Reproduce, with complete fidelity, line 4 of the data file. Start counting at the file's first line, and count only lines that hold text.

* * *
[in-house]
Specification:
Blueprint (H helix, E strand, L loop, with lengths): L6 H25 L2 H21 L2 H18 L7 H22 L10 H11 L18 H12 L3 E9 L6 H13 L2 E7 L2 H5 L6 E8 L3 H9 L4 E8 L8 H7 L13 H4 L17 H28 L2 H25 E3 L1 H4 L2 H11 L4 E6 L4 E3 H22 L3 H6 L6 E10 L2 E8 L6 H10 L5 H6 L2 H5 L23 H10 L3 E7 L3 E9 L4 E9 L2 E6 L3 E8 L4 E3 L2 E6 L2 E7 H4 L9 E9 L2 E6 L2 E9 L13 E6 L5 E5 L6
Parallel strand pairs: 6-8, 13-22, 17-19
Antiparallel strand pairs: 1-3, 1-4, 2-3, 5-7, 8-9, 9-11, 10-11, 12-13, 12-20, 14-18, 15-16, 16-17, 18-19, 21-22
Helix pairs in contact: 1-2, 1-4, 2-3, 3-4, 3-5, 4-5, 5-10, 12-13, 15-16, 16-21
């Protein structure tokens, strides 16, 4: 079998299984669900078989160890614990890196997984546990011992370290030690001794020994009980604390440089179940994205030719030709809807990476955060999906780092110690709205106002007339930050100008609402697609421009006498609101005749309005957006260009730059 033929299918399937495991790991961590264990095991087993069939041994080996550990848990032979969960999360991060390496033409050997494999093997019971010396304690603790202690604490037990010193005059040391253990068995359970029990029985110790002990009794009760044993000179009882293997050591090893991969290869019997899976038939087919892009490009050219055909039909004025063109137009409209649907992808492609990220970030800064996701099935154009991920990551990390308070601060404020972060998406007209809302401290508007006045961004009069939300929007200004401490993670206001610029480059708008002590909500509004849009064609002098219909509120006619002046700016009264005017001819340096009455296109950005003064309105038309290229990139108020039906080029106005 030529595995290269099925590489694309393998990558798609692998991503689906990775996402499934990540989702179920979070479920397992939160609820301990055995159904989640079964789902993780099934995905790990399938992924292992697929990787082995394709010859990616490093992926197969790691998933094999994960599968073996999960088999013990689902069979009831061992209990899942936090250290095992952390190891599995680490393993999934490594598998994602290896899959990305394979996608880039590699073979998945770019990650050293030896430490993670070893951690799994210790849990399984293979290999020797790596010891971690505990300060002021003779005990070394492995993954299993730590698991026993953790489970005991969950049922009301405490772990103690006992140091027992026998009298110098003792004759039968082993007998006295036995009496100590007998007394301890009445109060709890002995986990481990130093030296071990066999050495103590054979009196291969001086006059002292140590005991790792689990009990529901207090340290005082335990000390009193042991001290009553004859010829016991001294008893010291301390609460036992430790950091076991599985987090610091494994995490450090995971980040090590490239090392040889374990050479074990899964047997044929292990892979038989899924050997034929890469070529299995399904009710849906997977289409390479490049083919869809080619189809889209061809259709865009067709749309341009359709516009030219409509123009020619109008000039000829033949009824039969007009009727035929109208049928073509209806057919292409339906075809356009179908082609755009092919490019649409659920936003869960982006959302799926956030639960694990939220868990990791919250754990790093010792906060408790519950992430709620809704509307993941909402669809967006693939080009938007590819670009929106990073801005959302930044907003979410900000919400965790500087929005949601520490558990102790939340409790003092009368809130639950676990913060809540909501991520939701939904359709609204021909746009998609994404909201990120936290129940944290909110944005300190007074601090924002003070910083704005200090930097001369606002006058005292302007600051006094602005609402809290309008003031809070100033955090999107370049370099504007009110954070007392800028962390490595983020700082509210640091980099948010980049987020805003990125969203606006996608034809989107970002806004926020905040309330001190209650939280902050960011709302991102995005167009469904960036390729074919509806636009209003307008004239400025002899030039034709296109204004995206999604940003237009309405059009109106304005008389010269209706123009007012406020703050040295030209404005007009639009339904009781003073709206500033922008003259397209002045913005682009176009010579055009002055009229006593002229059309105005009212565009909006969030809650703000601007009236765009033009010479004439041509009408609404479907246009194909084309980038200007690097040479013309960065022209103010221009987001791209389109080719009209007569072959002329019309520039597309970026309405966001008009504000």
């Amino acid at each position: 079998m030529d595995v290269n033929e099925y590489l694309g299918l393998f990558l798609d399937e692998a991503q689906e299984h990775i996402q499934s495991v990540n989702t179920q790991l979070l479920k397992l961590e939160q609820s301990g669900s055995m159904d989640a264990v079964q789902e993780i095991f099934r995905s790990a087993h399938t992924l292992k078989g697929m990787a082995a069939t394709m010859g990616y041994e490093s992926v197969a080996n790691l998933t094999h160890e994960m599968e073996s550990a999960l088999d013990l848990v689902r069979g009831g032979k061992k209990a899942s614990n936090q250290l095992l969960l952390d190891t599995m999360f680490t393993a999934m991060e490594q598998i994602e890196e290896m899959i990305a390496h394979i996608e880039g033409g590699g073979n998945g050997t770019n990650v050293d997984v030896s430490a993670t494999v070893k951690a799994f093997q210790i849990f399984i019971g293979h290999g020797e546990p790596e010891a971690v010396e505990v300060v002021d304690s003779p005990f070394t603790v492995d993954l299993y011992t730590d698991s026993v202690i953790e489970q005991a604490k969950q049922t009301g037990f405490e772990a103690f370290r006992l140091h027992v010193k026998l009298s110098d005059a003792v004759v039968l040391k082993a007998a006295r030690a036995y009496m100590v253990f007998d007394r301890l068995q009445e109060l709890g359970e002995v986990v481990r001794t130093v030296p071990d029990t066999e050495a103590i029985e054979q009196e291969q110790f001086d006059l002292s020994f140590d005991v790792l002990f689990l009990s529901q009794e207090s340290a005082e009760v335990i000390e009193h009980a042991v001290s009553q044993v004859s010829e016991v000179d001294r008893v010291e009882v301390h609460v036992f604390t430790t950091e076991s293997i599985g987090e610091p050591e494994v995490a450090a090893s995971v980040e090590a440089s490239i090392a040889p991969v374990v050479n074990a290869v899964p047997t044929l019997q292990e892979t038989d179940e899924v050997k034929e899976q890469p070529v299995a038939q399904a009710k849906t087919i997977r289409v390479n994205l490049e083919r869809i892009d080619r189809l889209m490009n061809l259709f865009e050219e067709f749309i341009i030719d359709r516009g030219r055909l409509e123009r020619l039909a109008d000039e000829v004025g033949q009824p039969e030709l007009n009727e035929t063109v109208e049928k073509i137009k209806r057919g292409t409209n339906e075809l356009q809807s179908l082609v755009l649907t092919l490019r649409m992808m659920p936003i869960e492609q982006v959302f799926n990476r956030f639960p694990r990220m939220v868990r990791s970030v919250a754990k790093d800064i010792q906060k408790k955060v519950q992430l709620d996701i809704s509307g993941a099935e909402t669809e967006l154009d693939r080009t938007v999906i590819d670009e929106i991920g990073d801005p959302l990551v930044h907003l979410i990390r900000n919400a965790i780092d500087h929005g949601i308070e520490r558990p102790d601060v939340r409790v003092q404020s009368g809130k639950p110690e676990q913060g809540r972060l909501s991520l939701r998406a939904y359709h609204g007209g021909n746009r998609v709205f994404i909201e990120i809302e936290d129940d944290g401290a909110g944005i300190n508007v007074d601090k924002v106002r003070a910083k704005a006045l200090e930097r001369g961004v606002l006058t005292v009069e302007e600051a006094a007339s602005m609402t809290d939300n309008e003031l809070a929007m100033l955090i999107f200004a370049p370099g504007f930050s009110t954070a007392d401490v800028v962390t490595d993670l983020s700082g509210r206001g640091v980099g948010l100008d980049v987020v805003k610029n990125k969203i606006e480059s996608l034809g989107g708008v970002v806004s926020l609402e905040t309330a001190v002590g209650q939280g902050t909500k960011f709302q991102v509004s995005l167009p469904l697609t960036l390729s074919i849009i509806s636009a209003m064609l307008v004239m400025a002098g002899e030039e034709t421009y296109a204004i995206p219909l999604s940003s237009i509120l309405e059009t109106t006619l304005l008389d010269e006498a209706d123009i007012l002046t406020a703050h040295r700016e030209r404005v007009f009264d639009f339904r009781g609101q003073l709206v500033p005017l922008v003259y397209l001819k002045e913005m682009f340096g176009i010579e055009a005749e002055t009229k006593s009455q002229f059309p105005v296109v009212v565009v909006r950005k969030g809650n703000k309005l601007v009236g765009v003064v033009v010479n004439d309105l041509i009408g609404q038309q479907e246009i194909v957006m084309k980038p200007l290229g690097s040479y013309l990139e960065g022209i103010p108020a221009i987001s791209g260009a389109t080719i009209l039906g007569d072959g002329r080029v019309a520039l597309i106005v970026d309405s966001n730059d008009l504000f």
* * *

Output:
Parallel strand pairs: 6-8, 13-22, 17-19